To coincide with the publication of his collection of crime stories, Walkin’ After Midnight, Joe Ricker has written a guest post on the very nature of being a writer, and how like Fight Club, it’s sometimes best not to talk about it…
The Truth in Talking
“Larry Brown taught me about writing by not talking about writing. When I moved to Mississippi and started working at City Grocery, I had no idea it was the “writer” bar. After a determined endeavor to move beyond a busboy and bar-back, I finally became a bartender who was trying to become a writer. At least at City Grocery there was a higher level of prestige as a bartender in a bar that catered to writers. That I was trying to be a writer made it all the more tempting to want to talk about it.
But I never talked to Larry Brown about writing because Larry Brown never talked to me about writing. I wanted him to, wanted him to mention it, maybe say: “I heard you’re trying to be a writer.” He didn’t, and I’m glad he didn’t. I think about that now, the embarrassment I feel even reflecting on the times that I wanted to talk about trying to write. Back then, I was only putting words on paper. Too many people believe that makes them a writer; that printing off the pages filled with letters and words and paragraphs is writing. Nothing is further from the truth. Anybody can do that. Not everybody who tries to be a writer can be a writer or will be a writer.
Being a writer is making the words yours, not the pages that they’re slapped against. So it doesn’t bother me that Larry Brown and I never talked about writing. I talked about my fly rod and fishing for brook trout in New Hampshire mountain streams. He talked about bass fishing in the murky waters of Mississippi. We drank Budweiser at the copper bar that was more of a home to me than any other place I’ve lived. I took shots of chilled peppermint schnapps while he sipped his at room temperature. I told him about getting my ass kicked by the cops behind the bar one night. He found that amusing.
In an interview, Larry said about his writing that at the very least it was honest. The truth isn’t always pretty, but sometimes around an ugly truth there’s a beautiful lie. And that’s the power of fiction, in being a writer. I rarely find the type of honesty in talking that I do in writing. And all I’ve ever wanted of my writing was some kind of truth, an honesty that will take a firm hold, like something that can’t be pulled easily from the ground and cast away like other garden weeds. I want my words rooted in the reader’s mind, and I don’t think that can be done unless it’s honest. When I knew Larry Brown I was just a bartender, so I kept my mouth shut about writing and got that man his beer.”
Joe Ricker is a former bartender for Southern literary legends Larry Brown and Barry Hannah. He’s driven a cab and worked in the Maine timber industry. His short fiction has appeared in Thuglit, Rose & Thorn Journal, and The Hangover. Walkin’ After Midnight is his debut short story collection. He blogs at www.iceshack.wordpress.com and www.theopiate.wordpress.com
I’ve just had the pleasure of reading this collection of dark and compelling stories, seeped in retribution and revenge. Ricker delves deep into the underbelly of New England, with the same adept focus on characterisation and sense of place as writers such as Frank Bill and Daniel Woodrell, that you will find yourself completely immersed in the lowdown dirty lives that Ricker presents. I particularly enjoyed Ecdysis (the Greek for shedding of skin) where a silent man seeks retribution on his mother’s killer, and Closer, which unnerves and disturbs in equal measure, with a central protagonist of a seemingly mild-mannered librarian, drawn into a dark world.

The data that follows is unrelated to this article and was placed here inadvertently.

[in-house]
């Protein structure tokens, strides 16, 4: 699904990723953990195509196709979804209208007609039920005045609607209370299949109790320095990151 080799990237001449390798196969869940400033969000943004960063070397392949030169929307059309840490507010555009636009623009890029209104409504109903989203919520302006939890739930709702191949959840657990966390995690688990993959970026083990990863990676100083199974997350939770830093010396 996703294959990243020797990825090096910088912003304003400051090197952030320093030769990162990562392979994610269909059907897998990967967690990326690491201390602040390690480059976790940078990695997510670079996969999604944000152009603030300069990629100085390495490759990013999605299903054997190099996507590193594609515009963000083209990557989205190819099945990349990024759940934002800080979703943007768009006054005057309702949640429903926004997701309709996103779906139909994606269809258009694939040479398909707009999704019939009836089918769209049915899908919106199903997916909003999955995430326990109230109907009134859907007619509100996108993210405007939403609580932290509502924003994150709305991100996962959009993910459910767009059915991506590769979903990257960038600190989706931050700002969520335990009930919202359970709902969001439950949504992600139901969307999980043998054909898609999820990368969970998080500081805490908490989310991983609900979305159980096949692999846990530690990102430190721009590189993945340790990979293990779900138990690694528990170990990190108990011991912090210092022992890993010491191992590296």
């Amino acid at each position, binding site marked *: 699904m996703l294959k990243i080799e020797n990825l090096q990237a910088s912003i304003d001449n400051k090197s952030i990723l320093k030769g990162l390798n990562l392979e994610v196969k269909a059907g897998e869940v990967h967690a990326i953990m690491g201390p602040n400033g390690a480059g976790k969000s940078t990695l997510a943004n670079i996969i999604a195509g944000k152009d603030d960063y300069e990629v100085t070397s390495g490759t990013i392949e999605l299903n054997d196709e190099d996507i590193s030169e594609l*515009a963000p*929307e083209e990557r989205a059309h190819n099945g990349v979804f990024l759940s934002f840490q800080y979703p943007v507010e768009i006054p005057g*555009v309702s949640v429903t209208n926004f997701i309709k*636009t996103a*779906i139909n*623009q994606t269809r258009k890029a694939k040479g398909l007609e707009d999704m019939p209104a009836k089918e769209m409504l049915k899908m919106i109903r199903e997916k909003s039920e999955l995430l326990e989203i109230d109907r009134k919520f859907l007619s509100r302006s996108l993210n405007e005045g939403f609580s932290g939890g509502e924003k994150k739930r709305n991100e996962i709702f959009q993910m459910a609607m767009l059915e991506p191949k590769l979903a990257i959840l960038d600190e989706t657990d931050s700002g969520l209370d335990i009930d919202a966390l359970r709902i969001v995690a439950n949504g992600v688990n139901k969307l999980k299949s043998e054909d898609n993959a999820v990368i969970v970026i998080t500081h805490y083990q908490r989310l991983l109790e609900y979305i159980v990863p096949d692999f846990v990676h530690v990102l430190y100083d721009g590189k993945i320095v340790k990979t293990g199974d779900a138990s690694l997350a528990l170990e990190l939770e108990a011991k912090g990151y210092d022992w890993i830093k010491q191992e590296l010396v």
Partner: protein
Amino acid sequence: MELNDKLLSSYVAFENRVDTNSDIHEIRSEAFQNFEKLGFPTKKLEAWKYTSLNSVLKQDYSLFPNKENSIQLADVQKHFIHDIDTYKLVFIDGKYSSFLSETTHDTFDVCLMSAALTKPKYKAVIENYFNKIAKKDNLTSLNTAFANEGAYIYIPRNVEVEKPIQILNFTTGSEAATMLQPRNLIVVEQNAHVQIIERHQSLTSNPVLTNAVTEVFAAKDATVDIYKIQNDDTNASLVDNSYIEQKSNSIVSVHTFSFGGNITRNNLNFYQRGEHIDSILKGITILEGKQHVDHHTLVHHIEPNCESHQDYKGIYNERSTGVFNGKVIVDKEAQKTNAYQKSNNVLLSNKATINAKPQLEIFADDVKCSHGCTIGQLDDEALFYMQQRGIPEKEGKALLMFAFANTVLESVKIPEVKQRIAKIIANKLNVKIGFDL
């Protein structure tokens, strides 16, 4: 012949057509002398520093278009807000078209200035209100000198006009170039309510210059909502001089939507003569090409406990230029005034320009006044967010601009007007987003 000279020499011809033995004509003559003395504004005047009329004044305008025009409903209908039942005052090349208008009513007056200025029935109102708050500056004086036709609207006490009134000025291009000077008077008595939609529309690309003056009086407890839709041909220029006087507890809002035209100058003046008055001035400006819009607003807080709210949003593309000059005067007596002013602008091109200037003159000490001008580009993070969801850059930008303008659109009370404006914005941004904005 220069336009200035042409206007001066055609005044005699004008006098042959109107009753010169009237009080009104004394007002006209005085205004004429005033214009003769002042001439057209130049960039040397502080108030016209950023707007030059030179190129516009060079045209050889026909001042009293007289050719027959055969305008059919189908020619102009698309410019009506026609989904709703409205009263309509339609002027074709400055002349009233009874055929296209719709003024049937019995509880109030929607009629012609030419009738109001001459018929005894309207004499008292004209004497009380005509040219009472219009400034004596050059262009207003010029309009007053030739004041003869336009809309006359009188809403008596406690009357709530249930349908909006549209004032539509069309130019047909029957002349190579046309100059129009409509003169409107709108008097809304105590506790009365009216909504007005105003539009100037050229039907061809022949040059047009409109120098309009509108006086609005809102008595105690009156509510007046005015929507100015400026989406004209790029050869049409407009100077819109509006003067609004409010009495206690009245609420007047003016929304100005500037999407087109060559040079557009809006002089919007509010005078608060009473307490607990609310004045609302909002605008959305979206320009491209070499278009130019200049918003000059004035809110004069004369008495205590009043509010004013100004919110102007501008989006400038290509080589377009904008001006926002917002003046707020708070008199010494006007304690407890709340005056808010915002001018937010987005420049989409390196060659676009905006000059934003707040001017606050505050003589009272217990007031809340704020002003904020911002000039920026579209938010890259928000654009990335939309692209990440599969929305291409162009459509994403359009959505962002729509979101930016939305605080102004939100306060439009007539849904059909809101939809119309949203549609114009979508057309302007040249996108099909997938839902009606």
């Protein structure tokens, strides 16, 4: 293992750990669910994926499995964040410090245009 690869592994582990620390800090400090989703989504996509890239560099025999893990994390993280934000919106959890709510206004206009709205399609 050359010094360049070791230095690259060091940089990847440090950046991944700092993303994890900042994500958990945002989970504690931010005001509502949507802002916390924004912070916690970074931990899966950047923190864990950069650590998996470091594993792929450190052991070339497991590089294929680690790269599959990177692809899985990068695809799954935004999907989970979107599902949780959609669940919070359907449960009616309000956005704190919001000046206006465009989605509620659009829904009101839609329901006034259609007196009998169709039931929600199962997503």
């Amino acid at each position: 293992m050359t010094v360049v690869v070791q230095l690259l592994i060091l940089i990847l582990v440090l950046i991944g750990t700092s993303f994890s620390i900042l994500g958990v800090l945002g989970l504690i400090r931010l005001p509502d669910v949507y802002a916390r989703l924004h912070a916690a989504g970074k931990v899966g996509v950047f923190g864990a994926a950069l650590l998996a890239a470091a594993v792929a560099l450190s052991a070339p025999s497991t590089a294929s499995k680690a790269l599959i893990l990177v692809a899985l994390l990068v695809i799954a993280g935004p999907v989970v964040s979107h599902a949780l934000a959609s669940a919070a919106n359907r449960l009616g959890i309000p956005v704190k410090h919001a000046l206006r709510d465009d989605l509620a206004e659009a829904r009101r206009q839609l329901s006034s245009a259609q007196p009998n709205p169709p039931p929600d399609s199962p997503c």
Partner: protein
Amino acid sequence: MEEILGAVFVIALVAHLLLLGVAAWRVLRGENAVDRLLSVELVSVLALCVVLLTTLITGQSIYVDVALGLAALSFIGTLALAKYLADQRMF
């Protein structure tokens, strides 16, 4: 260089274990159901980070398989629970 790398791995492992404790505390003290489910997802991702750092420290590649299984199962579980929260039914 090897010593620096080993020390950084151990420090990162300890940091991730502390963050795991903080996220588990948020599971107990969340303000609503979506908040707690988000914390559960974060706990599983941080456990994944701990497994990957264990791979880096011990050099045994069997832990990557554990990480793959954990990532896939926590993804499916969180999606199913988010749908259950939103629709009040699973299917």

All of Ricker’s stories in this collection are spare and uncompromising, but bring to bear the contrasting moods and characteristics of the humanity contained within them. The stories are littered with despair, brutality, and essentially flawed characters (largely due to environment and circumstance), but there are also glimmers of poignancy and even love, which make them all the more hard-hitting, but also emotionally real. If you like your crime with a good slice of gritty and violent noir, and are ready to embrace the dark side of Ricker’s imagination, then this is the book for you, but don’t expect any happy ever after…
PRAISE FOR WALKIN’ AFTER MIDNIGHT:
“Joe Ricker is a hard-boiled poet in the tradition of Charles Bukowski. He writes of lonely, scarred men, damaged women, and of haunted places we all know. These shorts are served straight up with no chaser. Like the best of noir, it’s about people with few options and often no way out. Highly recommended.”
—Ace Atkins, New York Times Bestselling Author of The Forsaken and The Redeemers
“Tough yet lyrical, bristling with hard-won wisdom, these stories knock you out of any comfort zone you may have found and into the red. Ricker knows people, violence and landscape. He knows truth, too. And these stories beat their fists like drums.”
—Tom Franklin, New York Times Bestselling Author of Crooked Letter, Crooked Letter
(With thanks to Eva at 280Steps for the ARC)